Students Learn About the Natural World in New Outdoor Classroom on Campus

By
November 4, 2004

Mills College Weekly

Hidden between the trees by the clock tower and the
Children’s School, you may find wide-eyed children in a
clearing padded with wood chips along Lion Creek. Thanks to
volunteers who donated their time and labor over the summer, the
outdoor classroom is a way for students from the Children’s
School, as well as students of all ages, to interact with and learn
about the environment.

The idea stemmed from a discussion between Suzanne DiLillo,
director of the Children’s School, and Paul Richards,
director of Campus Facilities. They began brainstorming ideas to
bring children out into the creek. It was an opportunity to clean
up the creek for restoration, to create a learning environment for
children and to make a space for the entire Mills community to
enjoy.

Staff and family spent several Saturdays over the summer
restoring this area. The process began by digging out stumps,
cutting down blackberry bushes and tearing out roots, while leaving
only the ones directly near the creek to prevent erosion. The last
step was to put wood chips around so that the creek could be
accessible.

On any given day you may find Laurie Grassi’s fourth and
fifth grade class hunched over the creek, nets in hand, lifting
rocks in search of cray fish. They study things ranging from marine
life to water quality, spending about two to three days a week
there. “We mostly observe macro-invertebrates, or
depth,” says fifth grader Rhea Jayachandran. “The other
day we measured the temperature!”

Before spending any time in the outdoor classroom the class put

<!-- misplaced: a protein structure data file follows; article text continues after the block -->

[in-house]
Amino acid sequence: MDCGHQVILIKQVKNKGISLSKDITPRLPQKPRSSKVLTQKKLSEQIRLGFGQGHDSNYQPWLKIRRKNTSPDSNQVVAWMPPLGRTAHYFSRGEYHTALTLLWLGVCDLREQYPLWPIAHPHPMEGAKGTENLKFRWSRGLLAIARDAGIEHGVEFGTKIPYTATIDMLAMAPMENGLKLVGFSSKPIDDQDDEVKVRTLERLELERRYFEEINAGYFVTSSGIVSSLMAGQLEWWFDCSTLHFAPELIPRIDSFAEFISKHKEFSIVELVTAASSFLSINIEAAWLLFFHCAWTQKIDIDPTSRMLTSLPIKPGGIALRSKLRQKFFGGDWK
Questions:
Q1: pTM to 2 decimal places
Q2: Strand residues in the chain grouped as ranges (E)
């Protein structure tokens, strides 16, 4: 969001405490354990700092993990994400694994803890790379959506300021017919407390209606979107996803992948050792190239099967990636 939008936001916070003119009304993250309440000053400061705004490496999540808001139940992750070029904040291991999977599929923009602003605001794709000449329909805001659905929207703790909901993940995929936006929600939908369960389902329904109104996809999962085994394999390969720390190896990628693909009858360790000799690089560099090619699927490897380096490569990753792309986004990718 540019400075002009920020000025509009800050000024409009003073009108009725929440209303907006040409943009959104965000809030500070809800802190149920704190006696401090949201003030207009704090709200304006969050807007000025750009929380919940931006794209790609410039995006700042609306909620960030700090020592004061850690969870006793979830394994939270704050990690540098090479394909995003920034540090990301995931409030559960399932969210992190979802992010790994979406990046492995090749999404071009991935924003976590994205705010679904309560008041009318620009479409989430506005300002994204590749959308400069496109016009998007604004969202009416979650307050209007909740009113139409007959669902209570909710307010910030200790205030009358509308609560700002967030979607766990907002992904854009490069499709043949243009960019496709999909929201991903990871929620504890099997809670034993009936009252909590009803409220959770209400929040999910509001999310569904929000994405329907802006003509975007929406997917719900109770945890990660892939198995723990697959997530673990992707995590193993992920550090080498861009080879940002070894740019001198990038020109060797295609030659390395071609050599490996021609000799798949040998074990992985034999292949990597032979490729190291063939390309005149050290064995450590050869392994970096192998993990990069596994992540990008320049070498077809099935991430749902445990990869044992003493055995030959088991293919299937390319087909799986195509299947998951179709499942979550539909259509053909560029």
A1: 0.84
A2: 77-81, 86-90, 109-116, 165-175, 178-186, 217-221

together a book called the “Outdoor Classroom Book of
Norms.” It was used as a guide for the students to learn to
be responsible for themselves, their actions, and the environment.
Browsing through the laminated pages you find numerous drawings
done by the students. Some illustrate how to treat the environment,
while others show how to be prepared to go into the outdoor
classroom.

On one page in particular a student drew a picture of another
student throwing a rock into the creek; over the drawing a big
circle with a line through and the word “no” pasted
across the top. On another it illustrates what types of shoes are
acceptable to wear at the outdoor classroom.

The outdoor classroom gives the students an opportunity to learn
about the environment in a way that many students don’t get
to, according to DiLillo. “They go see and observe. They
draw. It’s a place where we do a lot of imaginative writing.
We have singing time in the trees. They have observed what
it’s like when rain pours. We pay a lot of attention to
sounds. It’s just a lot of imaginative play for the
kids,” DiLillo says.

It has extended the curriculum from where people live to natural
habitats. She described times when the students find insects, and
how they always want to take them “home” to the outdoor
classroom.

DiLillo says that the outdoor classroom is getting a lot of
support from students and faculty from the natural sciences
division. A senior Mills undergraduate last year developed labels
for all the trees and shrubs in the outdoor classroom with the
English name, as well as the Latin name, and where it came
from.

Although there is support, Richards would like to see more of
it. He perceives a disconnect from older generations.

“When I go to students and faculty of Mills and tell them
I’ve been working in the creeks, a lot of them think
I’m a little nuts. So I ask them, well, what would you do
down there? All I get are blank stares. The real education of that
place is being grasped by the [elementary] kids, while getting
blank stares from college kids and teachers.”

Richards says he feels that some people have turned their backs
on creeks in urban areas. “People throw batteries in the
creeks, there are shopping carts…kids go there to be bad. We
are privileged to have 135 acres of mostly open land in this
settled area of Oakland. This is what Oakland used to look
like.”

Richards and DiLillo are now working with the Julia Morgan
Middle School for Girls to create another similar outdoor classroom
on campus. They looking at possible sites in order to collect and
compare data from Lion Creek. Richards sees it as a great
opportunity to restore some of the creeks and environment, as well
as a way to teach students in a unique and positive way.


Students Learn About the Natural World in New Outdoor Classroom on Campus was published on November 4, 2004 in Features

Print this page Print this page